Why are so many Americans retiring to Panama?
The primary reason is the Panamanian government makes you so welcome. They want you, the Amercian, to spend your retirement check in their country...and why not?
The government is a very stable democracy, has no military, since the USA guarantees its territorial sovereignty.
The former Canal Zone, which employed up to 50,000 Americans...makes the Panamanian people very comfortable with Americans.
The first step to retiring to Panama, obtain immediately Panama Owner's Manual
...I have it and it is packed with useful facts all in one resource.
You have your choice of Pacific beaches or Caribbean beaches... A few hours from Panama City you can be in the mountains, much cooler than at sea level, Boquete is very popular with ex-pats.
The countryside around Bouqeute...no wonder it's enjoyed by its residents.
If you are over 18 and can prove a stable monthly income from a pension of at least $500 a month they want you to spend it in Panama.
You can live very well for $1,200 to $2,000 a month per couple...and Panama City is the first class gem of Central America.
Panama was also voted the top place to retire out of the US, by AARP's Modern Maturity magazine.
Let's take a look at the following:
Pensionado means residency and no place in the world currently makes this process any easier...they want your money. They also have grandfathered anyone who becomes a resident (this is different from citizenship) from any change in these laws.
This is a big deal if you retired in Costa Rica 10 years ago. That country changed their pensionado program laws and the game is a little different. No big deal, you say:
Here are some of the benefits of being a pensionado:
* 50% off closing costs for home loans.
* 25% off both international and domestic airline tickets.
* 50% off hotel accommodations Monday-Thursday
* 10% off prescription medicines
* 15% off dental and eye exams.
* 30% off bus, boat and train fares.
* 25% Restaurants
* 25% Airfares
* 20% Doctor visits and Surgery
* 25% Monthly energy, phone and water bill
* 15% Optometry services
* 15% Dental
* 50% Hotel from Monday through Thursday and 30% on weekends
* 50% off entertainment including movies, concerts, sporting events and theater everyday.
On top of these benefits, you can bring in $10,000 of household goods duty free. No property taxes on your home.
All in a country where you can a full time maid for $200 or less a month. Does this sound like heaven ladies?
A local "joke" is that Panama is a lot like Miami...but in Panama more people speak English and they like Americans. Now that's not true, is it...
Panama does feel like the USA because until 1999, 50,000 Americans lived here, operating the Canal Zone.
Many of those "Zonies" are returning to Panama to retire, and why not. They enjoyed their time living and working here know the country and its friendly people.
The currency, good old greenbacks, the US dollar.
The economy is not just the Canal, which makes up 10%of the Panamanian GDP.
There is currently 4 billion being spent to update the canal.
Panama is also home to the second-largest free trade zone in the world (Hong Kong is the largest) and employs twice as many people as the Canal. Panama's economy is far more modern and service-oriented than you might think. All of this benefits those retiring to Panama.
This is not the case in many other Central American countries.
The phones not only work, the high-speed access to the internet is unsurpassed anywhere.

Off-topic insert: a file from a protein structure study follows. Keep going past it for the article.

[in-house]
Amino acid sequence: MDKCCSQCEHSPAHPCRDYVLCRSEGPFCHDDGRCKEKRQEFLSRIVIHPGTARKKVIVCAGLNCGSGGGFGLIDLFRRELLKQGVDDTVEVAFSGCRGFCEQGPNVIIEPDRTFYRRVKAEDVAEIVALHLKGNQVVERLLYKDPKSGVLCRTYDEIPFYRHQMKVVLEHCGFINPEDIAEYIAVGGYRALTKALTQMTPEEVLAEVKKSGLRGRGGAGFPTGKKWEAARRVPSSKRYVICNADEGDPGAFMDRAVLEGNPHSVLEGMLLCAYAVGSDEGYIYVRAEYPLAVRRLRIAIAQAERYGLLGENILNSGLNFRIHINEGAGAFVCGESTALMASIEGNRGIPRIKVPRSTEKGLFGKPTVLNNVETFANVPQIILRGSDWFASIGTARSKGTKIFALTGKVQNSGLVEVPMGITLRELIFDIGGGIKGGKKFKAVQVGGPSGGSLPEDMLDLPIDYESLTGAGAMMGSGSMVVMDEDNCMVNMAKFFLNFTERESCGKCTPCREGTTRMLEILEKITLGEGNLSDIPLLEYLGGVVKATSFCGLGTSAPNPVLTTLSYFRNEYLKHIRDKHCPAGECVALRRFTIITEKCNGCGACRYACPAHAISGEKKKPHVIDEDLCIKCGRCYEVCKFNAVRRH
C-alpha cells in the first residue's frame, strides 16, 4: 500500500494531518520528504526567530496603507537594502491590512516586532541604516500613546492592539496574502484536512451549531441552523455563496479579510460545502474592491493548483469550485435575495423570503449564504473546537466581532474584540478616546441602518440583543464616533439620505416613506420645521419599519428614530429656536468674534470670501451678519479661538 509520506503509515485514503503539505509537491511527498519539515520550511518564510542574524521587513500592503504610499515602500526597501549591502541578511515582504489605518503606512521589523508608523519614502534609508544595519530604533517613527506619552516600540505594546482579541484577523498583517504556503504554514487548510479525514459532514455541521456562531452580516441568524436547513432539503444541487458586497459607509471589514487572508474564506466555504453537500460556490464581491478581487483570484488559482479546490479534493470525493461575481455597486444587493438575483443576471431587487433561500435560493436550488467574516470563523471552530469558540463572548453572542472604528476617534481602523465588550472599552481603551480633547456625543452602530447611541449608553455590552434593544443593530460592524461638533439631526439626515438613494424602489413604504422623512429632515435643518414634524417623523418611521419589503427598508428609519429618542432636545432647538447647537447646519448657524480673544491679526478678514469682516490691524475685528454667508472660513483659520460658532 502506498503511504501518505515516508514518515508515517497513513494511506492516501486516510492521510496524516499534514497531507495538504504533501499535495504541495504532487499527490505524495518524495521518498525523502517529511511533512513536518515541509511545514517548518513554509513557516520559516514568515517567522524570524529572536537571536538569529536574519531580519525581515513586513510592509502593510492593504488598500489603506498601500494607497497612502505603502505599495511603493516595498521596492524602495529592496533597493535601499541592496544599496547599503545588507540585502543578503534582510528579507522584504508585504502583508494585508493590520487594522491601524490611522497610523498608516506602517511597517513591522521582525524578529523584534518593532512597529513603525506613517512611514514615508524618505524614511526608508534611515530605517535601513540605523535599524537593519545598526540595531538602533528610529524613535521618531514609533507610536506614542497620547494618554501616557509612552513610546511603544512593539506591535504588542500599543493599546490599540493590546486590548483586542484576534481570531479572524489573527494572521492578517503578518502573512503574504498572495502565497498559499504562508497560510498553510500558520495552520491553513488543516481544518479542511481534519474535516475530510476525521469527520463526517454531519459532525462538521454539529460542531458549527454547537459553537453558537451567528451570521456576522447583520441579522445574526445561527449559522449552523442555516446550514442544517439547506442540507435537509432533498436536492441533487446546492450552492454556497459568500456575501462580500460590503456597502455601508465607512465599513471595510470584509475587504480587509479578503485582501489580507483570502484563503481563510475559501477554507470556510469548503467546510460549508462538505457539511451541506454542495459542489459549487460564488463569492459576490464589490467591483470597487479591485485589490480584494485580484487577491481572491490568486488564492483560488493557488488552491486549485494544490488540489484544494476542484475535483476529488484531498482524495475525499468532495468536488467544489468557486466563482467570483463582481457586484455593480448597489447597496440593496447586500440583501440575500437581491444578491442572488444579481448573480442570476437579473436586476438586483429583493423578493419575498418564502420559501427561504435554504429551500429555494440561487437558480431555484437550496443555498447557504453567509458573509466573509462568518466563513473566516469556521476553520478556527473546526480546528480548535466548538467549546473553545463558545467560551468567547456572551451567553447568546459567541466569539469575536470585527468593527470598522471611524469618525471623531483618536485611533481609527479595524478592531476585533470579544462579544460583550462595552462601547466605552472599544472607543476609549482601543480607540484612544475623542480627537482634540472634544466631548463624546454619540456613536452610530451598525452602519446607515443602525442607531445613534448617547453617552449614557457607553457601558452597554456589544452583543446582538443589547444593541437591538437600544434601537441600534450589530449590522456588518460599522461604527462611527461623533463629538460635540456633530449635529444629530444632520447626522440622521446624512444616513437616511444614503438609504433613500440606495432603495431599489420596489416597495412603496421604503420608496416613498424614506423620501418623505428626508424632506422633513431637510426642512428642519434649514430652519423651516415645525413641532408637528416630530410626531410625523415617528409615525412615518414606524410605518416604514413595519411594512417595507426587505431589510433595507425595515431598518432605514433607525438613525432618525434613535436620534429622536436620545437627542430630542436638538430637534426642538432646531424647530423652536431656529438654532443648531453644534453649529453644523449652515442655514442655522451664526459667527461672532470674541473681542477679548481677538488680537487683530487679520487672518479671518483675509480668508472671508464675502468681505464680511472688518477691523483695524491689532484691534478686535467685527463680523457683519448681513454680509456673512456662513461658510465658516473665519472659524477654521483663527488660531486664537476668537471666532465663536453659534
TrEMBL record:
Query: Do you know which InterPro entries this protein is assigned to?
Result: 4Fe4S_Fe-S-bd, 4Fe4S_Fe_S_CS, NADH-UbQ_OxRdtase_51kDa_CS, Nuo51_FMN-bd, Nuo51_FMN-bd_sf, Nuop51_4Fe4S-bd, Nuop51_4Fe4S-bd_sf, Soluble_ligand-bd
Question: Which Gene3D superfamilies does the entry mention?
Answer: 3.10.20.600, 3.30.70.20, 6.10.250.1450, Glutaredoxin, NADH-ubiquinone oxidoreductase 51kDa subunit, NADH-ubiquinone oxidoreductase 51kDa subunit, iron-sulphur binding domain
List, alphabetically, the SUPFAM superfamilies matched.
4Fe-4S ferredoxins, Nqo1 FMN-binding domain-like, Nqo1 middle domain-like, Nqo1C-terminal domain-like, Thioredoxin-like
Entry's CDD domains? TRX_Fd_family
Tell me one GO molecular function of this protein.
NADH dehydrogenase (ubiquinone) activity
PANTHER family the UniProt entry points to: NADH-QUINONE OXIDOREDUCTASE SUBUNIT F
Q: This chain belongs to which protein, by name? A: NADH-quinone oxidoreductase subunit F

This due to the American built systems that are now maintained by the Panamanians.
In addition the roads are the best in Central America.
The health care is also first rate, modern and a great benefit to those fortunate folks who are retiring to Panama. Many doctors are US trained.
John Hopkins has a Panamanian affiliate.
Panama is a very inexpensive place to live. For a comfortable home plan on spending $300 to $600, utilities(phone, electricity, cable TV, internet) $200, food $300, running a car $100, all per month.
A full time maid will be $200, Part time less. A doctor visit will cost around $40. A typical dinner with wine at a nice restaurant will be about $25 to $30.
All in all you can live very well, eating out a bunch, and have your bed made as well, easily for $1,200 to $2,000. Of course this depends on where you choose to live just like the cost of living varies in the US.
The average Panamanian family, I am told, lives on less than $400 a month.
Despite the above figure of $400 a month, the Panamanian people have the highest per capita income of all Central America.
Their school system is a good one and they have a 90% literacy rate. 15% of the populace speaks excellent English.
They genuinely like Americans due to the long standing US presence in the Canal Zone. Because of the Canal there is a strong European influence in Panama.
You do not stand out like a sore thumb in Panama, not so in other countries.
If you think Panama is hot and muggy you would be partially right.
Panama is located between 8 and 10 degrees latitude and it is very tropical at sea level.
However a mountain ridge runs through the length of Panama and affords a constant spring like climate in the upper reaches.
Some mountain peaks are in excess of 10,000 feet. Some of the more desirable non beach locations to retire are David and Boquete both close to Costa Rica in the North of Panama.
Cool(50 to 60F)nights and days in the 70s are the norm in the areas. Perfect to enjoy your cup of Panamanian coffee! The mountains around David, close to Costa Rica, provide a great climate for scenery...gardening anyone.
Or if the beach is more your style.
I subscribe so should you to International Living Magazine lots of the latest on Panama.